We can hypothesize the existence of dark matter, and we can assign it properties such that it balances observable galaxies. We can come up with ways it could behave, and we can say “Oh, if it’s composed of only weakly interacting massive particles (another hypothetical) , and is present here, here and there, it will explain what we see”.

    But that’s it. We have not been able to observe it, and we are in the process of devising ways in which we could falsify our existing theories.

    And, by the way, the dark matter (whatever the term actually labels) obviously interacts with normal matter, or we would not be able to observe the effects that we are trying to explain with it. Just because it’s just gravity and weak forces does not mean it can’t interact much. It interacts exactly enough to explain the observed facts, because it is hypothetical.

    And the author of the original article most certainly did not actually think there were dark matter people walking around. Is it a good metaphor? Was it even a metaphor, given how poorly understood dark matter is?

  22. 22
    Harlequin says:

    Sorry, yes–all the “doesn’t interact much” statements should have had “…except through gravity” caveats on them.

    It’s true, we haven’t detected a dark matter particle yet. But we detect the influence of its gravity all the time, in lots of ways (including in ways you can’t explain just by modifying the theory of gravity you use). The lines of evidence include:
    – the cosmic microwave background, from which you can get the ratio of the amount (mass density, to be specific) of matter that interacts with photons to the amount of matter that doesn’t, which is about 1:4; this would be much closer to 1:1 without dark matter
    – Not enough normal matter to generate the amount of gravity we can detect (as mentioned above)
    – Normal matter not distributed the way the total matter seems to be (as mentioned above)
    – In particular, detectable offsets between gravitational fields and ordinary matter, which are harder to generate simply by modifying gravity (see the Bullet Cluster)
    – the density profiles of matter associated with e.g. galaxies, which look very similar to the profiles you get from simulations that include dark matter (and not very similar to other plausible profiles from matter with different kinds of interactions)
    – various kinds of modeling cosmological signals, such as the clustering of galaxies, where our models match the data but might not without dark matter (probably the weakest bit of evidence here)

    There are also some reports of direct and indirect (annihilation products) detections, but they’re very contentious still and I wouldn’t put a lot of weight on them.

    In any case, if dark matter exists–which, yes, it may not, though I think chances are good that it does–there are certain very specific requirements on what it can and cannot be like, even though there are also broad areas we’re unsure about. I don’t at all think the original author thought there were actually dark matter people around–but if they were referencing dark matter as currently understood by physicists, the thing they describe is literally impossible, not just unlikely. It could be possible under some other model, but that model wouldn’t be the dark matter that physicists are talking about, which is what the original author referenced at the start of their analogy.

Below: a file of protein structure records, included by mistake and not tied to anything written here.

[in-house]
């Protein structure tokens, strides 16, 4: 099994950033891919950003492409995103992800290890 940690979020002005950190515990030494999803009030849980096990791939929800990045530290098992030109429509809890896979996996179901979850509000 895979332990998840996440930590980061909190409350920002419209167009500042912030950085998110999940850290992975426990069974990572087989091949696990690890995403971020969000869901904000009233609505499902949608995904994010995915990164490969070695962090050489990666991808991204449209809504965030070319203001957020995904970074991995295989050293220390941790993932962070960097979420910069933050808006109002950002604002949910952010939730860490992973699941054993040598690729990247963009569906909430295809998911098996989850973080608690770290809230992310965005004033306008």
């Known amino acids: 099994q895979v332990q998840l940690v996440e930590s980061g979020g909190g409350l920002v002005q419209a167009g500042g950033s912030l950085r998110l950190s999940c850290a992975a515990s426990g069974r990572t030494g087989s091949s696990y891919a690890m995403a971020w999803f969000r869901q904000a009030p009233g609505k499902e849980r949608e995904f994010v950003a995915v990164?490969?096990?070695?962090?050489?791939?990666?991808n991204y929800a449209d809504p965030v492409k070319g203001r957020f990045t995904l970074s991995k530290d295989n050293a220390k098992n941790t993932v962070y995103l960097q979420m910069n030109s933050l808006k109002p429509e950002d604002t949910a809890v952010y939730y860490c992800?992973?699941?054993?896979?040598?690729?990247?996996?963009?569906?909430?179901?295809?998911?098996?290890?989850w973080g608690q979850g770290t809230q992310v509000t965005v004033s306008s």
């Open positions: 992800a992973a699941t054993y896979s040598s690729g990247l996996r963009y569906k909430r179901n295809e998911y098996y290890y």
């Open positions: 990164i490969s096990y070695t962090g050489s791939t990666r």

(Disclaimer: at least one of the subfields I mention above is something I have worked on, so there’s probably some parochialism here!)

  23. 23
    Harlequin says:

    @nobody.really: Surely you already knew your cats had tremendous cosmic power!

  24. 24
    dragonsnap says:

    TL;DR A cataclysmic wildfire is burning in northern Alberta, forcing the evacuation of the entire city of Fort McMurry and its over 50 000 residents. See end of comment for links to photos, videos, more info, etc.

    As some of you may know, I’m a citizen and resident of Canada. There is an apocalyptic wildfire (officially an “extreme wildfire”) 85 000 hectares in size burning in and around the oil sands city of Fort McMurray (a.k.a. Fort Mac or by its airport code, YMM) in northern Alberta. Fort McMurray has about 88 000 residents, though some only live there part-time. The entire city was evacuated on Tuesday, with over 50 000 people leaving — either by the road to the north, or the road to the south, and some from the airport (all scheduled flights were cancelled but WestJet sent empty planes up for “mercy” flights to help evacuate stranded air travelers).

    The emergency response seems to be well-coordinated and well-communicated so far, with assistance from other provinces, federal resources, Canadian Armed Forces, and the oil companies who operate to the north of Fort McMurray, but it’s very much an ongoing situation. Many evacuees are stuck on the highway, having run out of fuel (tankers have been dispatched by the provincial transportation commission to refuel these vehicles). One of the nearby towns an evacuation centre was set up in (the community of Aznac) had to be evacuated itself, along with all the displaced people from Fort McMurray who had taken refuge there.